Playing live is one of the perks of being an artist – it’s expressive, exciting and a great way to connect with your fans in-person. In the digital download age, it’s now also an essential way to survive and thrive as a musician. Here are a few things to consider before you make the leap from the living room to the stage:
Getting a support slot
Being the opening act for another band allows you to be seen by a new, broader audience and to perfect performing live.
There are several key ways you can approach getting booked as a support act:
• Get connected through your existing local networks
• Get the attention of a successful band who then vouches for you as an opening act
• Get the attention of a band’s management or agent
• Get booked directly by a promoter to be an opening act on a multi-act bill
When you’re just starting out, getting booked directly by a promoter may be more challenging. However, creating a social media buzz about your music, checking out like-minded acts and sharing your demos, all increases your chances of getting a support slot. But do your research so you’re going to the right gigs and connecting with the right promoters and other people.
Perseverance is key. In addition to linking up with people in-person, also remember to email your demos, relevant online links and interesting news to the management of bands you’re interested in. Regularly updating them about new music, new videos and press mentions is another way to gain their interest.
Finding a band to play with
So you’re ready to perform live. Great! Now you just need to find the right band to play with. Fortunately there are always musicians of all levels and styles looking to collaborate. The web, social media and apps also make it much easier to find one another.
Here are six top ways to find musicians and bands to play with near you:
Use your IRL and social networks
Start with who you know – friends, family, that guy that sold you a guitar – they’re all easy ways to find potential band members. Simply ask around. In addition to approaching people in real life, also use your social networks to broaden your scope rapidly. The average Facebook post, for example, is seen a couple hundred times.
Check out open mic nights for talent
Open mic nights are a great opportunity to both hear and meet the local talent. And you don’t have to perform – just go to check it out. In addition to listening, ensure you mingle with the performers and the audience. You might meet your future bandmate or someone who can connect you to potential interested musicians.
Post on community forums and in classified ads
Online community forums like Craigslist can be good places to find band members. And some, like UK-based Gumtree, have a dedicated section for musicians and bands.
Musolist is one of the longest-running online classifieds and has community of hundreds of thousands of worldwide users.
Bandmix is one of the largest online networks of classifieds for musicians with dedicated sites for the US, Canada, UK, Ireland, France, Germany, Spain and Australia.
The type of forums on offer vary from city-to-city. But a quick Google search should identify options in your area.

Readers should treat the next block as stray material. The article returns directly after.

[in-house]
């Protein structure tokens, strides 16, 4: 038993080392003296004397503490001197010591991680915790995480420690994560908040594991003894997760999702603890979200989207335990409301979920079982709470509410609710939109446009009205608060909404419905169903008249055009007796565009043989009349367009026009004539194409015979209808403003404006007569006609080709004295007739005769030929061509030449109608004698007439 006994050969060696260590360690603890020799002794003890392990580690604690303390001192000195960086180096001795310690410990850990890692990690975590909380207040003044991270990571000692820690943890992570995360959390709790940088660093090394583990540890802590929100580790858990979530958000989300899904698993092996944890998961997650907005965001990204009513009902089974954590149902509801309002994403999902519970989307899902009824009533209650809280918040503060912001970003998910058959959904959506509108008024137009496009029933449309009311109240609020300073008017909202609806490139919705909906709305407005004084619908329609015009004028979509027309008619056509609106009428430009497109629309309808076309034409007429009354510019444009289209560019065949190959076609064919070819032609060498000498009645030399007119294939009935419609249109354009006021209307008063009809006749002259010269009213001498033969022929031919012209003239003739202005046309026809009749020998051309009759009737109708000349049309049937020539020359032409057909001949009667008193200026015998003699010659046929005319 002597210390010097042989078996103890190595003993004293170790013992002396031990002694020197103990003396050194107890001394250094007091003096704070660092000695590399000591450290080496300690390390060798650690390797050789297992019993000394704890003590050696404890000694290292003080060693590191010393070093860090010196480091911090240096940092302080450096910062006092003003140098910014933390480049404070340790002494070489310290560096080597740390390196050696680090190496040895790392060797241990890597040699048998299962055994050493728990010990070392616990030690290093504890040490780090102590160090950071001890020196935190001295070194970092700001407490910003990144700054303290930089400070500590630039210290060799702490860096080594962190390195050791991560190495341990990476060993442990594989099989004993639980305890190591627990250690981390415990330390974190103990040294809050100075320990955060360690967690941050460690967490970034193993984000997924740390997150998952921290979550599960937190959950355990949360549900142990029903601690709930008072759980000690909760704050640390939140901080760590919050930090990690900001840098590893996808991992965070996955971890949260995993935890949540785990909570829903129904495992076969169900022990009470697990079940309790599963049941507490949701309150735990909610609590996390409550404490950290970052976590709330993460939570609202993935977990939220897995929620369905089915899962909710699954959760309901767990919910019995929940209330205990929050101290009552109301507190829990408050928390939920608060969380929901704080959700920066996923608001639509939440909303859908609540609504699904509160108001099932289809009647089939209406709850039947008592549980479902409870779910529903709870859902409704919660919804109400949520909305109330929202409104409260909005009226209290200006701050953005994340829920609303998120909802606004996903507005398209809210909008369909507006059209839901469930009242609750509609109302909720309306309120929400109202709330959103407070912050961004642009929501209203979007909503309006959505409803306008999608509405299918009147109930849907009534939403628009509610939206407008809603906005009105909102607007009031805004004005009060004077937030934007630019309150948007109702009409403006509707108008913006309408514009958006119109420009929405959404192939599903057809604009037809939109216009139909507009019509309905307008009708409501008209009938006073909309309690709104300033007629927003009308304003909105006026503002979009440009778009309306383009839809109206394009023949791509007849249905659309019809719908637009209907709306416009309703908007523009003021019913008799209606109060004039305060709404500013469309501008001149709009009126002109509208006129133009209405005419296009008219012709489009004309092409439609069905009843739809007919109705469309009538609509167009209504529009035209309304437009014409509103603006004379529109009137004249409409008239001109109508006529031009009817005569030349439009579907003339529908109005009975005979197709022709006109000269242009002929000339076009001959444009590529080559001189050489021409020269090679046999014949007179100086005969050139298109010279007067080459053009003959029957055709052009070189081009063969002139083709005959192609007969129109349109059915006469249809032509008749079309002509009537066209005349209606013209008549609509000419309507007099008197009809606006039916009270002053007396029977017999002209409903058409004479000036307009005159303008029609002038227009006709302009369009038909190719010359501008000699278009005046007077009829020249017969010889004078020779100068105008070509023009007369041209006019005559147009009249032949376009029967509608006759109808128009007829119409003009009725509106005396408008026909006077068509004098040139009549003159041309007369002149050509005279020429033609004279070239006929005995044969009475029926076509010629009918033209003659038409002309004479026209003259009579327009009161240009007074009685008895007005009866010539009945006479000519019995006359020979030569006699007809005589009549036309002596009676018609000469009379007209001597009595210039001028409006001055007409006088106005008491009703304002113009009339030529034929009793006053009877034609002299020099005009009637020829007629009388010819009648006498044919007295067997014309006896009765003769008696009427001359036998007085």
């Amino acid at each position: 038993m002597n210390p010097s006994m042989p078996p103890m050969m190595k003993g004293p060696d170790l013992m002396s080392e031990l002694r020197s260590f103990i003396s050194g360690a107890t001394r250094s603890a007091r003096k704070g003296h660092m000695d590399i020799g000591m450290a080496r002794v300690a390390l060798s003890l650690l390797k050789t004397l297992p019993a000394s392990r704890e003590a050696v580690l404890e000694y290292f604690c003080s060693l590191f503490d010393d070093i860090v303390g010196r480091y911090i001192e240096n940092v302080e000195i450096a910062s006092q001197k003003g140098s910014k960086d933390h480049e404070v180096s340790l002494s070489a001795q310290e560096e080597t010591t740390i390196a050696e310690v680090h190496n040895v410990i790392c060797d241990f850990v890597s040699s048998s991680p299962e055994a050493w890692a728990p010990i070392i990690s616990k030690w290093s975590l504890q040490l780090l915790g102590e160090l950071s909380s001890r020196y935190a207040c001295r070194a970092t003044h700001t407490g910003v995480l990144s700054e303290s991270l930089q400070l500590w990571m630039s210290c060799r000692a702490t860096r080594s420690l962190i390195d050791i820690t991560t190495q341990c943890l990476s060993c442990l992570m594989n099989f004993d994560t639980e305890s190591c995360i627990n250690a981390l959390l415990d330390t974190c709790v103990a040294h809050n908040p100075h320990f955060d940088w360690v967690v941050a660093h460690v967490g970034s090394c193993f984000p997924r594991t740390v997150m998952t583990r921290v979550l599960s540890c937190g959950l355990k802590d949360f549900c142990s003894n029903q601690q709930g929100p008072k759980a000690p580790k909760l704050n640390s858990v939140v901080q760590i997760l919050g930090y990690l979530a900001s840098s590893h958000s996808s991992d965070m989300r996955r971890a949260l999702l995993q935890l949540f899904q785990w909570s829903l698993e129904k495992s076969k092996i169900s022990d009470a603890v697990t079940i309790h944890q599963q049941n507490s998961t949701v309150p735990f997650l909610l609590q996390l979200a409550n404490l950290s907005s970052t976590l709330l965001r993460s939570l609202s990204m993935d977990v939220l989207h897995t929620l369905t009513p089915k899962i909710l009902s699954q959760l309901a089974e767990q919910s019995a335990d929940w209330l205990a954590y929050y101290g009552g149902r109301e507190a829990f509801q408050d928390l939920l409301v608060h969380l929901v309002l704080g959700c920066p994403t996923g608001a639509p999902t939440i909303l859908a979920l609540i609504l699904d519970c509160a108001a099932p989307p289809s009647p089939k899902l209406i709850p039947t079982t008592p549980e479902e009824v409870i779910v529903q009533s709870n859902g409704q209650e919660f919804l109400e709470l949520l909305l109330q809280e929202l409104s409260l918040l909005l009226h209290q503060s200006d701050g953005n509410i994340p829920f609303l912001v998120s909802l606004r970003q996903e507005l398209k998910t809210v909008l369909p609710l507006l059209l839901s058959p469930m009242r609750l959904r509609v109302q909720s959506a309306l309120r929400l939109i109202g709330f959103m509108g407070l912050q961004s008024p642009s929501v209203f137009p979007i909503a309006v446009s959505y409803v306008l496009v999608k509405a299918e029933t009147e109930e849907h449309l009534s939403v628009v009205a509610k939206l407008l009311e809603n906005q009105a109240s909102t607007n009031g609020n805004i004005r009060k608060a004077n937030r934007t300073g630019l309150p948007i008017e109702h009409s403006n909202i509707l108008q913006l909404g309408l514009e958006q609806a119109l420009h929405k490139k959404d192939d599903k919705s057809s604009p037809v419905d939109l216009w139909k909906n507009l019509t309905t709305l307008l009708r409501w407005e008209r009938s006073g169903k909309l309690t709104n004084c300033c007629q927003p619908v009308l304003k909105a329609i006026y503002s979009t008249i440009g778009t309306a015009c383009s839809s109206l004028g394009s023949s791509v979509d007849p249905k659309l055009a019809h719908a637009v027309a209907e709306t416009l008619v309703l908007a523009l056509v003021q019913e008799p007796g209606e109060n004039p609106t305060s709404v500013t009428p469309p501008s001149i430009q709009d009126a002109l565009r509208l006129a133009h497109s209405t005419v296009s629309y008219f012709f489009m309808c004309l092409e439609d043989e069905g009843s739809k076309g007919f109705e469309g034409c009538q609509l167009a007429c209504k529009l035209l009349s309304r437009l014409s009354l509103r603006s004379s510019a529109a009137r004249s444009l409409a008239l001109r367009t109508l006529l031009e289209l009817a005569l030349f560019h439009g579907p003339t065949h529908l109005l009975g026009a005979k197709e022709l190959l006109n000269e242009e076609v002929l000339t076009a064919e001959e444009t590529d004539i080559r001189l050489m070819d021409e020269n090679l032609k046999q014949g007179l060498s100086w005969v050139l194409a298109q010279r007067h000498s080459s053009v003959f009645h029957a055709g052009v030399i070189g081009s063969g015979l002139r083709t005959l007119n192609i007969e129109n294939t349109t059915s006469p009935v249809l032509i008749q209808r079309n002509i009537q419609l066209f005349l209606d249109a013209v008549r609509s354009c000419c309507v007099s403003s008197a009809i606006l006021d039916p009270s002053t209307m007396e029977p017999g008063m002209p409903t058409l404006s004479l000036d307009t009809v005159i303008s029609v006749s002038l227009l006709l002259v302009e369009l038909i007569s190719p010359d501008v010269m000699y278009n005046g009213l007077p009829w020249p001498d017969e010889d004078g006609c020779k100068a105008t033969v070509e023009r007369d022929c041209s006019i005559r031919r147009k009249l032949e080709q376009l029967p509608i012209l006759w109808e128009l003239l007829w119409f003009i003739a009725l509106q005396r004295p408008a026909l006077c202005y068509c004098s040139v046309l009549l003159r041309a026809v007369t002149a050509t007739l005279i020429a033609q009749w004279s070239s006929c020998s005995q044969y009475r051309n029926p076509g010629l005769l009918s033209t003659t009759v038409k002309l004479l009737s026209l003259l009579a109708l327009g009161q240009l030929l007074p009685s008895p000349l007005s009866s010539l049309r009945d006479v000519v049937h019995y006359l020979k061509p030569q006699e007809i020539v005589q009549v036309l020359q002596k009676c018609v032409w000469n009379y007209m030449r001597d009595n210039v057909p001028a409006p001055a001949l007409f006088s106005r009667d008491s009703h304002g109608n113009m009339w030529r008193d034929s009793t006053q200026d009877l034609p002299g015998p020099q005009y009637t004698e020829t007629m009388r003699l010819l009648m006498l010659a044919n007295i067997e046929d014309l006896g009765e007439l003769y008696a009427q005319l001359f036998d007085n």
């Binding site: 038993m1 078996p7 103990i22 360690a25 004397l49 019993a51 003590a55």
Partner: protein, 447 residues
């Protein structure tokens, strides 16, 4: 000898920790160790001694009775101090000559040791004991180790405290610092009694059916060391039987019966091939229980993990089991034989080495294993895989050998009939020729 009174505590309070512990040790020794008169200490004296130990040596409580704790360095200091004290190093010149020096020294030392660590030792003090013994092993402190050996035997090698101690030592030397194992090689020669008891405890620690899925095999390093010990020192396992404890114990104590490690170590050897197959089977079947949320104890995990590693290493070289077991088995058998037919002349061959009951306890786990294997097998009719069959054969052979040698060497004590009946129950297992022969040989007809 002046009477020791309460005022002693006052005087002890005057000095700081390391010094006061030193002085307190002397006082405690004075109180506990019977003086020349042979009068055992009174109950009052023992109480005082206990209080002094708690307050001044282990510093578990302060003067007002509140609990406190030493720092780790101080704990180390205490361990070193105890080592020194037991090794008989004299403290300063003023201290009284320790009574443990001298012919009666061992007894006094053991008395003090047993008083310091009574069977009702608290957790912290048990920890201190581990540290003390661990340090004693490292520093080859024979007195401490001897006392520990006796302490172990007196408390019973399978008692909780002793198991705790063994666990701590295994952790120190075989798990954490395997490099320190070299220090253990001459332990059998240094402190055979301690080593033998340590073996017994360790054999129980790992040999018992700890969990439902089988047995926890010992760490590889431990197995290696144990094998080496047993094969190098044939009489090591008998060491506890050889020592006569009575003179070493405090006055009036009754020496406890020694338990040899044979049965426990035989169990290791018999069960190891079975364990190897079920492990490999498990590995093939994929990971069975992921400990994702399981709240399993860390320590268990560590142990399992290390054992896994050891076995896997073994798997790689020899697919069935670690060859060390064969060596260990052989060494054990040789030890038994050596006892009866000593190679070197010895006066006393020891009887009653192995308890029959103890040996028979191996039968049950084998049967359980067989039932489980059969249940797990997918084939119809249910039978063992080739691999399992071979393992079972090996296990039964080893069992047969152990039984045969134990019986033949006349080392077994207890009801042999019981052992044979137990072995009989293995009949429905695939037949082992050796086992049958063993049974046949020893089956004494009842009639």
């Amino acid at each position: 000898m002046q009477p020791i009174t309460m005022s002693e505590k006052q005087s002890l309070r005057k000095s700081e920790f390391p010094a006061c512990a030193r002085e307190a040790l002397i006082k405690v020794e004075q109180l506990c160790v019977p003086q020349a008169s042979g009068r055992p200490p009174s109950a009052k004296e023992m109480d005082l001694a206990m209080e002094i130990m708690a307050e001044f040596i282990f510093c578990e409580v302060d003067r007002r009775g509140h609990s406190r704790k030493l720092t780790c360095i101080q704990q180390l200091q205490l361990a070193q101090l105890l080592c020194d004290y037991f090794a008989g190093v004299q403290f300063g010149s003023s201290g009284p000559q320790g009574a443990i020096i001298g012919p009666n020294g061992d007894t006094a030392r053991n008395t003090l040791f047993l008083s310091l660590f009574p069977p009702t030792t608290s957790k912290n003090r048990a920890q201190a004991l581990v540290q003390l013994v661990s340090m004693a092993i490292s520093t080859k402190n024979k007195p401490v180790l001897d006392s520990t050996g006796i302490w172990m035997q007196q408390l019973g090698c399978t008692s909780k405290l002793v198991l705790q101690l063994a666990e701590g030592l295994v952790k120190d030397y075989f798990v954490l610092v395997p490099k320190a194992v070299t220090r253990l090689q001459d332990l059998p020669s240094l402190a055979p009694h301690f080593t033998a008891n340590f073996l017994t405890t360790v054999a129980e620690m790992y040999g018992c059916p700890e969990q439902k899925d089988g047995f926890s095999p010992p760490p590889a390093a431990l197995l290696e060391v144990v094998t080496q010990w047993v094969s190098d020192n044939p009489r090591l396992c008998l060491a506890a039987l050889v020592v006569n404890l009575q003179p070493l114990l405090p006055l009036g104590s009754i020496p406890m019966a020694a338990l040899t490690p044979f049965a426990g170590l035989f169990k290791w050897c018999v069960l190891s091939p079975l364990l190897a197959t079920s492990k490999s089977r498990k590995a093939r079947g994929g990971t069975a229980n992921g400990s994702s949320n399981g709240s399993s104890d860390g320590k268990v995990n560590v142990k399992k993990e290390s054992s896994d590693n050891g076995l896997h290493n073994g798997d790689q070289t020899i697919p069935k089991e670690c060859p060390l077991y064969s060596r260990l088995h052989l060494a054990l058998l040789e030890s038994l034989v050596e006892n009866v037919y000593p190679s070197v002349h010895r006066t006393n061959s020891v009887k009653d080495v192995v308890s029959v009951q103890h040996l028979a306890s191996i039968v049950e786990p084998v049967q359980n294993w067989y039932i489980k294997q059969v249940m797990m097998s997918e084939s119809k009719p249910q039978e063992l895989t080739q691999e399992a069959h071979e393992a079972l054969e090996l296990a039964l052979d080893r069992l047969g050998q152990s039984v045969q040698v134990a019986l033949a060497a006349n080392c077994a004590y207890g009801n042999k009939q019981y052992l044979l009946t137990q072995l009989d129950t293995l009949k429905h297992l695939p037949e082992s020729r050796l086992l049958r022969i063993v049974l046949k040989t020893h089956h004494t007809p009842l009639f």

Sceptical? Don’t be. Popular American folk/rock band the Lumineers found their cellist Neyla Pekarek after she responded to Jeremiah Fraites and Wesley Shultz’s Criagslist ad. The rest is history.
As the name suggests, meetup.com can help you link up with people with similar interests, including other musicians. The meetup group options are endless, happen every day of the week in most cities, the world over.
There’s probably an app for that
There are several apps, most free, that can help you link up with musicians who could be your perfect bandmate. Flint, Vampr and bandmate are just some of the many apps out there connecting people locally and globally. Many work like popular dating apps in that you both need to say ‘yes’ to begin sending messages. Others offer categories you can tag yourself in or allow you to search through a directory of talent.
Stick up an ad at your local music shop or rehearsal space
In addition to using your online networks, also put up an ad at your local music shop or rehearsal space. When you write your notice, keep it short but ensure you’re clear about what you’re looking for, so you attract the best people. To help find the right fit, also mention your style and provide a few examples of the genres and bands you’re into.
Getting merch made
In addition to your actual music and gigging, merch is an important part of promoting yourself. From the ubiquitous t-shirts to the exclusive autographed drumstick, it’s a versatile way to make money as an artist.
When you’re deciding what merch to go with, you’ll need to consider the cost of:
- what you’re going to produce
- the minimum print-run or order required
- the complexity and colour of the design
Tailor your merchandise to your fans’ taste – it must appeal to them. While you don’t want to break the bank, don’t cheap out either. T-shirts that dissolve after one wash will only disappoint and annoy people.
If you don’t already have a design, you’ll also need to pay a designer or a get a highly-skilled friend to create your artwork. Always ensure you get the files in the correct format required by the printer or manufacturer.
Check out our FAQs for more advice about promoting yourself.
Finding someone to make your merch
One of the best and easiest ways to find a reputable printer or manufacturer is to use your existing music networks. If you like the merchandise of another fellow band, ask them where they got their stuff made. Before you turn to Google, reach out to your social networks for recommendations too.
Get out there
After you’ve wowed them on stage, connect with fans at your merch stand. Fans also love to meet artist and it’s a great way to directly link up with the people that love what you’re doing.